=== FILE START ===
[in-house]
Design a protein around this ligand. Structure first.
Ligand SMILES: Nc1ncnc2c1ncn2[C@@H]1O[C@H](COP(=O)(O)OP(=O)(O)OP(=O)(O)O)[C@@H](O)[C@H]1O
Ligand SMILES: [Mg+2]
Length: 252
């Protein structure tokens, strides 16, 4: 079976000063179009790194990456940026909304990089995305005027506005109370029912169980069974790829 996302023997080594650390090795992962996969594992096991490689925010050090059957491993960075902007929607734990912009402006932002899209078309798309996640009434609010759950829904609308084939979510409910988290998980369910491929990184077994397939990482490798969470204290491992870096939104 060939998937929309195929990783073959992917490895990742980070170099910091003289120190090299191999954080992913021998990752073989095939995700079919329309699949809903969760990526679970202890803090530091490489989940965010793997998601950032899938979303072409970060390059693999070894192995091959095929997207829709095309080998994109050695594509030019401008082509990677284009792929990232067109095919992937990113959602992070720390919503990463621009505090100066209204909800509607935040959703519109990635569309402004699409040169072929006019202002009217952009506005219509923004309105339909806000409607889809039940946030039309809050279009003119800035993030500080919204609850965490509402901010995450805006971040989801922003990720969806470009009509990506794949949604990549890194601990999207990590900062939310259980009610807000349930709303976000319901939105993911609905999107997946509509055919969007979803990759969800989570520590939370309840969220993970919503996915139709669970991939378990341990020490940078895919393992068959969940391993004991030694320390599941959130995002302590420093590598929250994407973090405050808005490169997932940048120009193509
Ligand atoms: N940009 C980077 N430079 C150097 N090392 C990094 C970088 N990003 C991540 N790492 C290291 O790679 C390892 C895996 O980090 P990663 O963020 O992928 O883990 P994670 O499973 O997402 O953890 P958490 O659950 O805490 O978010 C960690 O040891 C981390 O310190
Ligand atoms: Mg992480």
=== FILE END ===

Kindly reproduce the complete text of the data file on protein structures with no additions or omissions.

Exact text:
[in-house]
Design a protein around this ligand. Structure first.
Ligand SMILES: Nc1ncnc2c1ncn2[C@@H]1O[C@H](COP(=O)(O)OP(=O)(O)OP(=O)(O)O)[C@@H](O)[C@H]1O
Ligand SMILES: [Mg+2]
Length: 252
């Protein structure tokens, strides 16, 4: 079976000063179009790194990456940026909304990089995305005027506005109370029912169980069974790829 996302023997080594650390090795992962996969594992096991490689925010050090059957491993960075902007929607734990912009402006932002899209078309798309996640009434609010759950829904609308084939979510409910988290998980369910491929990184077994397939990482490798969470204290491992870096939104 060939998937929309195929990783073959992917490895990742980070170099910091003289120190090299191999954080992913021998990752073989095939995700079919329309699949809903969760990526679970202890803090530091490489989940965010793997998601950032899938979303072409970060390059693999070894192995091959095929997207829709095309080998994109050695594509030019401008082509990677284009792929990232067109095919992937990113959602992070720390919503990463621009505090100066209204909800509607935040959703519109990635569309402004699409040169072929006019202002009217952009506005219509923004309105339909806000409607889809039940946030039309809050279009003119800035993030500080919204609850965490509402901010995450805006971040989801922003990720969806470009009509990506794949949604990549890194601990999207990590900062939310259980009610807000349930709303976000319901939105993911609905999107997946509509055919969007979803990759969800989570520590939370309840969220993970919503996915139709669970991939378990341990020490940078895919393992068959969940391993004991030694320390599941959130995002302590420093590598929250994407973090405050808005490169997932940048120009193509
Ligand atoms: N940009 C980077 N430079 C150097 N090392 C990094 C970088 N990003 C991540 N790492 C290291 O790679 C390892 C895996 O980090 P990663 O963020 O992928 O883990 P994670 O499973 O997402 O953890 P958490 O659950 O805490 O978010 C960690 O040891 C981390 O310190
Ligand atoms: Mg992480």